Monday, February 13, 2017

Pennsylvania Superior Court Affirms Finding of No Duty Owed in Data Breach Case

In its recent decision in the case of Dittman v. UPNC d/b/a The University of Pittsburgh Medical Center, No. 971 WDA 2015 (Pa. Super. Jan. 12, 2017 Olson, J., Stabile, J., and Musammno, J.) (Op. by Olson, J.), the Pennsylvania Superior Court addressed the general question of whether a duty of care exists under the test set forth in the Pennsylvania Supreme Court’s decision in the case of Althaus ex rel. Althaus v. Cohen, 756 A.2d 1166, 1169 (Pa. 2000).  The Dittman case involves an action for negligence and breach of contract against a medical center after an alleged data breach with regards to the medical center’s computer systems.  

The Pennsylvania Superior Court found that the trial court did not err in finding that the medical center owed no duty to the Plaintiff under Pennsylvania law.   

The court also found that the trial court did not err in dismissing the Plaintiff’s breach of contract claims in the absence of any allegations that the medical center intended to enter into any contract to protect the Plaintiff’s personal information allegedly exposed during the data breach.  

In its Opinion, the Pennsylvania Superior Court stated that, under the Althaus test, whether a duty exists is a question for the court to decide and, in so deciding, the following factors are to be considered:

1.         The relationship between the parties;

2.         The social utility of the actor’s conduct;

3.         The nature of the risk imposed and foreseeability of the harm incurred;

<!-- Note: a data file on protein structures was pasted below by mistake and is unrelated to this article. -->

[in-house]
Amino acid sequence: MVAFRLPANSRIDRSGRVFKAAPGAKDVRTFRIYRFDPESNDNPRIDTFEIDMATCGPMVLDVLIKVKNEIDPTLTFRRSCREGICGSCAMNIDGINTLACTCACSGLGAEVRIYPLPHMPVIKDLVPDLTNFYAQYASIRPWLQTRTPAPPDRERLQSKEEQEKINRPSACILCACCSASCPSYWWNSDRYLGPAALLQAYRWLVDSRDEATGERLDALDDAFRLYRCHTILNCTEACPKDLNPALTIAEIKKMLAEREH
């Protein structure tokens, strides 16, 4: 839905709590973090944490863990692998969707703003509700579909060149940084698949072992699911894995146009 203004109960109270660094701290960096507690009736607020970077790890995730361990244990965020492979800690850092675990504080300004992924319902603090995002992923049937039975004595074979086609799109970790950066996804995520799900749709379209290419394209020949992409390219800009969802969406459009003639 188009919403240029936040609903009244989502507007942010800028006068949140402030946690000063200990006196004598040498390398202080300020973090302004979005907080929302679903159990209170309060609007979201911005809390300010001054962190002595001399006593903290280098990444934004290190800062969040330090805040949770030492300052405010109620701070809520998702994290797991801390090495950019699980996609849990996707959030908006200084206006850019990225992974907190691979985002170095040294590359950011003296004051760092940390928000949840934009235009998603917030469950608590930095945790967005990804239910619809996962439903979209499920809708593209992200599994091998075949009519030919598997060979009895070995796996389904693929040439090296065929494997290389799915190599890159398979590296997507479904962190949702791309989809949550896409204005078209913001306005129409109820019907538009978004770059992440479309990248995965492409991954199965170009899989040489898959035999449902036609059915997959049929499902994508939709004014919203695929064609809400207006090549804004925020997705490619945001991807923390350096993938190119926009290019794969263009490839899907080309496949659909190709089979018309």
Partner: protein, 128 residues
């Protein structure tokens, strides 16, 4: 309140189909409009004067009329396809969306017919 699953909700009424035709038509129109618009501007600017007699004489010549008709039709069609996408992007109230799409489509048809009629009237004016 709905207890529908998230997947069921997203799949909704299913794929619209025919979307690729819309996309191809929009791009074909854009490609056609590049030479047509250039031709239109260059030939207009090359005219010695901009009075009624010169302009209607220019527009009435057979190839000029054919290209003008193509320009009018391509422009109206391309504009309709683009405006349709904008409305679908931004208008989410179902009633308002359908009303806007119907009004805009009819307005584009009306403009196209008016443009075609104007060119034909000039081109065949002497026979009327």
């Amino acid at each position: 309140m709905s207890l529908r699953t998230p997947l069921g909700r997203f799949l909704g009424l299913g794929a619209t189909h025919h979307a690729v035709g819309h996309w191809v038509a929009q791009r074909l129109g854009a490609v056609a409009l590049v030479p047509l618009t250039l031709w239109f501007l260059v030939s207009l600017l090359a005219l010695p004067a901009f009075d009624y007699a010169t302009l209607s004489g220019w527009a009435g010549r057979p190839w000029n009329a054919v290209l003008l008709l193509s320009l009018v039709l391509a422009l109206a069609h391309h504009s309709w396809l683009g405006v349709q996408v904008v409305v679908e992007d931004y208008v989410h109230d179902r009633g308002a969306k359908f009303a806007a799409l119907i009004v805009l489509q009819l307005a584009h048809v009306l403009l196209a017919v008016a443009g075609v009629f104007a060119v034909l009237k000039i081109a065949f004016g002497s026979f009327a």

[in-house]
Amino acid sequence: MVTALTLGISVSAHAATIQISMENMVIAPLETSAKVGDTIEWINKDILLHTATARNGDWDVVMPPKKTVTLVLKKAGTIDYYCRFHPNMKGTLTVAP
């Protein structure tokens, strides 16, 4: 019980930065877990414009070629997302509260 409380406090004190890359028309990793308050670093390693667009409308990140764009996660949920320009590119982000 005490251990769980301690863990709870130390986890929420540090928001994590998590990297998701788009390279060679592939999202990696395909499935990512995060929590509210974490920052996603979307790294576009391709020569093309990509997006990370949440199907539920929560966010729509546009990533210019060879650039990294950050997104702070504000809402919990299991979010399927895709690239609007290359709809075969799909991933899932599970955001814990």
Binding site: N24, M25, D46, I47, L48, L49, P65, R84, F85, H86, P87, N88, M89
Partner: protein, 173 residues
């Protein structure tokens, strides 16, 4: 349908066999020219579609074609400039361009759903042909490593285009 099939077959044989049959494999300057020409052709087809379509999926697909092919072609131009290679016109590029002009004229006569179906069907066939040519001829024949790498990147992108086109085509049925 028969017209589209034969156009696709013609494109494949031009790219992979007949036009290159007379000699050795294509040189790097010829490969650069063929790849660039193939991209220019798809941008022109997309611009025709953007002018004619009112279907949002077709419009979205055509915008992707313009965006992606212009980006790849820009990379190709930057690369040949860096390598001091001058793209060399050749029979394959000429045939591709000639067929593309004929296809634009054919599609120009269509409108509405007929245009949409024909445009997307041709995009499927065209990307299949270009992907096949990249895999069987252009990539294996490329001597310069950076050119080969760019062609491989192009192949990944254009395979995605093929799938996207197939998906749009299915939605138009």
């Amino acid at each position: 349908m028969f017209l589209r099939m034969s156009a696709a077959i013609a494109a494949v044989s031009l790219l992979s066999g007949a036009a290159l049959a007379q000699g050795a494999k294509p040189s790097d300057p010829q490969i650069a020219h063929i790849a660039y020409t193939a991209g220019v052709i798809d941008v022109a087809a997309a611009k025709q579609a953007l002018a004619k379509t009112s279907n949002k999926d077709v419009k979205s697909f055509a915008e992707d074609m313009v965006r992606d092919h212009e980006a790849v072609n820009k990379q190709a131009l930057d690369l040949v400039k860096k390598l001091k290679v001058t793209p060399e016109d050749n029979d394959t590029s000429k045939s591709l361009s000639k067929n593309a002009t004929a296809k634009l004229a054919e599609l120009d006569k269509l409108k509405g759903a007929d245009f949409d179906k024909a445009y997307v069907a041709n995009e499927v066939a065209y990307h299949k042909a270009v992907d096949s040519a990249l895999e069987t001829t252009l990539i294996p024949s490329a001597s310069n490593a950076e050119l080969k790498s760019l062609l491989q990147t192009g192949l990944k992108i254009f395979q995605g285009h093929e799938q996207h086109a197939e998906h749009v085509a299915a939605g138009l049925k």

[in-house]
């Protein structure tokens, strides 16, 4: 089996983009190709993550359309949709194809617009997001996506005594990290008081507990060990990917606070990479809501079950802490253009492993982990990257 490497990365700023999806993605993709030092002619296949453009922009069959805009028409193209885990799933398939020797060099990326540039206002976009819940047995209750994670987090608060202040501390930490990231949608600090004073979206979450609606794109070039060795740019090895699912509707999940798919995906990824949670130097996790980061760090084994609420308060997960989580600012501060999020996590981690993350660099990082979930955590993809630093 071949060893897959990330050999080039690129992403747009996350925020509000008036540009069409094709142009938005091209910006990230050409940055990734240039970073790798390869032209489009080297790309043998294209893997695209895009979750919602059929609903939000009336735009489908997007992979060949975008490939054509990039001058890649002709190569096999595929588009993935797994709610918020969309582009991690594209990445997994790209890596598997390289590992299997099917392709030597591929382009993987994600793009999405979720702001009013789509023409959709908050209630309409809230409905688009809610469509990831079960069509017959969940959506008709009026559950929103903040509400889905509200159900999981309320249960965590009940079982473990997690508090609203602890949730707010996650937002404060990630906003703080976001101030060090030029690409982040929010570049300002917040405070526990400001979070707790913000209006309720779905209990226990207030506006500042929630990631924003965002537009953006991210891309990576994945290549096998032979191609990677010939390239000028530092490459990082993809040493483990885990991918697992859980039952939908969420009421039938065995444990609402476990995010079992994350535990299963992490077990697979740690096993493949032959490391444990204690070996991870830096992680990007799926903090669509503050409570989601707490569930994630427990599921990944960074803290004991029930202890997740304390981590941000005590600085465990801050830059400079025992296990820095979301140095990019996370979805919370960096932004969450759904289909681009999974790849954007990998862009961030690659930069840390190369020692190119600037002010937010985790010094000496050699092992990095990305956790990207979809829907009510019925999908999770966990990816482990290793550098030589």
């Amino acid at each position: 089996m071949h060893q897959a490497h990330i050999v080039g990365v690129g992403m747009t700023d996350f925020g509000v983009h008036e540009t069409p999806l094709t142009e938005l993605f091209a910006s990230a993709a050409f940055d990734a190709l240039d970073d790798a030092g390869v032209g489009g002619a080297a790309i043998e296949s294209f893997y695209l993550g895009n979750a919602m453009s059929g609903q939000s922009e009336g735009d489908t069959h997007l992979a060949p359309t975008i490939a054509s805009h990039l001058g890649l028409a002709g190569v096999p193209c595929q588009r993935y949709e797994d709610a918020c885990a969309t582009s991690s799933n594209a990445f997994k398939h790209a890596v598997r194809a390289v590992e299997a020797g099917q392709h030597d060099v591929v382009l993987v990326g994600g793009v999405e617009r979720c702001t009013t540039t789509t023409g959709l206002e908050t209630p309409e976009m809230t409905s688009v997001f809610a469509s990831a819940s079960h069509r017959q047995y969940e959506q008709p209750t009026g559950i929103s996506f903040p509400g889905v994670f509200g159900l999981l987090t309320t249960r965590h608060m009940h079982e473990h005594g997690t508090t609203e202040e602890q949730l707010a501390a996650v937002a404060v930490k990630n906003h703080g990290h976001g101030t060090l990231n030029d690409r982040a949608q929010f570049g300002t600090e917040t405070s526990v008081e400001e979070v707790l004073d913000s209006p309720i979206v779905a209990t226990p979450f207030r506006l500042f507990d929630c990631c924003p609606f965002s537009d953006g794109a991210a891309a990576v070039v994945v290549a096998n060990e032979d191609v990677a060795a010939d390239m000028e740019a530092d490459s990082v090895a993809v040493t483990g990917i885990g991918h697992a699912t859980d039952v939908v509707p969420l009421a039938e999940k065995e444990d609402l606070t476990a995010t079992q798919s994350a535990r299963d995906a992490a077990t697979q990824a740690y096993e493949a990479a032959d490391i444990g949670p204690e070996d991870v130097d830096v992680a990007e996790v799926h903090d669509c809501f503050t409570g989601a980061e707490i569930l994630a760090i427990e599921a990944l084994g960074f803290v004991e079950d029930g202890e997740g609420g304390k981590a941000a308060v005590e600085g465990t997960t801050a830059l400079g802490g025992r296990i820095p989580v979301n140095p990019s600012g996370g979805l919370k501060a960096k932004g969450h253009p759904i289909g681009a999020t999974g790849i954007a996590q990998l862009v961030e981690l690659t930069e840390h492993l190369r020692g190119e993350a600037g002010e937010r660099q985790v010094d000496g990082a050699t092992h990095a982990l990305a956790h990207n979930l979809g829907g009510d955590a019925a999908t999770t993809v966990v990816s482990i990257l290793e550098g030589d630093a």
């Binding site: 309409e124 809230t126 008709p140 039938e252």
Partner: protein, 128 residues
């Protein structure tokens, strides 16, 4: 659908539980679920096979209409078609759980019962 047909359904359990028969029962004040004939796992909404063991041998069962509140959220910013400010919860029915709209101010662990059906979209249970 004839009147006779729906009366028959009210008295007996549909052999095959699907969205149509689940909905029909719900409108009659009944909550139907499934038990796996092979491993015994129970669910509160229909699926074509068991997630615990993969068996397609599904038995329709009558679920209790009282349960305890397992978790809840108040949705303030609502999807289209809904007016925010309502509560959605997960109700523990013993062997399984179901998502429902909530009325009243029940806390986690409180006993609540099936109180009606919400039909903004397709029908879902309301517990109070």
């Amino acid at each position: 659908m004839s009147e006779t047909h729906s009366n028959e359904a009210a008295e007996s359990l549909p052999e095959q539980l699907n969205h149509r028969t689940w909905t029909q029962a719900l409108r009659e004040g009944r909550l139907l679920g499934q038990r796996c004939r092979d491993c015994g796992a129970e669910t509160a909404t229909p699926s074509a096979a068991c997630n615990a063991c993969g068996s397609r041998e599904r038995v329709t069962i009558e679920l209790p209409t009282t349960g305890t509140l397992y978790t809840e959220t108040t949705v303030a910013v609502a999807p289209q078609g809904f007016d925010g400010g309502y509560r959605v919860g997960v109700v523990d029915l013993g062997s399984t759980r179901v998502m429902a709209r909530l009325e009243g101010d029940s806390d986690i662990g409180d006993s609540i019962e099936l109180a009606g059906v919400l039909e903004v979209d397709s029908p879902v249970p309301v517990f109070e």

4.         The consequences of imposing a duty upon the actor; and,

5.         The overall public interest in the proposed solution.

As stated, the court found that no duty existed under the circumstances presented in this matter.  

In its Opinion, the court also addressed the economic loss doctrine, which provides that no cause of action exists for negligence that results solely in economic damages unaccompanied by physical injury or property damage.  The court upheld the trial court’s decision that the Plaintiff was barred from recovering economic losses as the Plaintiff could not show that the Defendant breached any duty imposed by law.  

Anyone wishing to review the Opinion of Judge Olson issued in this matter may click this LINK. 

Judge Stabile’s Concurring Statement, in which Judge Olson joined, can be viewed at this LINK.  

Judge Musmanno’s dissenting statement can be viewed HERE.

I send thanks to Attorney James M. Beck of the Philadelphia office of Reed Smith law firm for bringing this case to my attention. 

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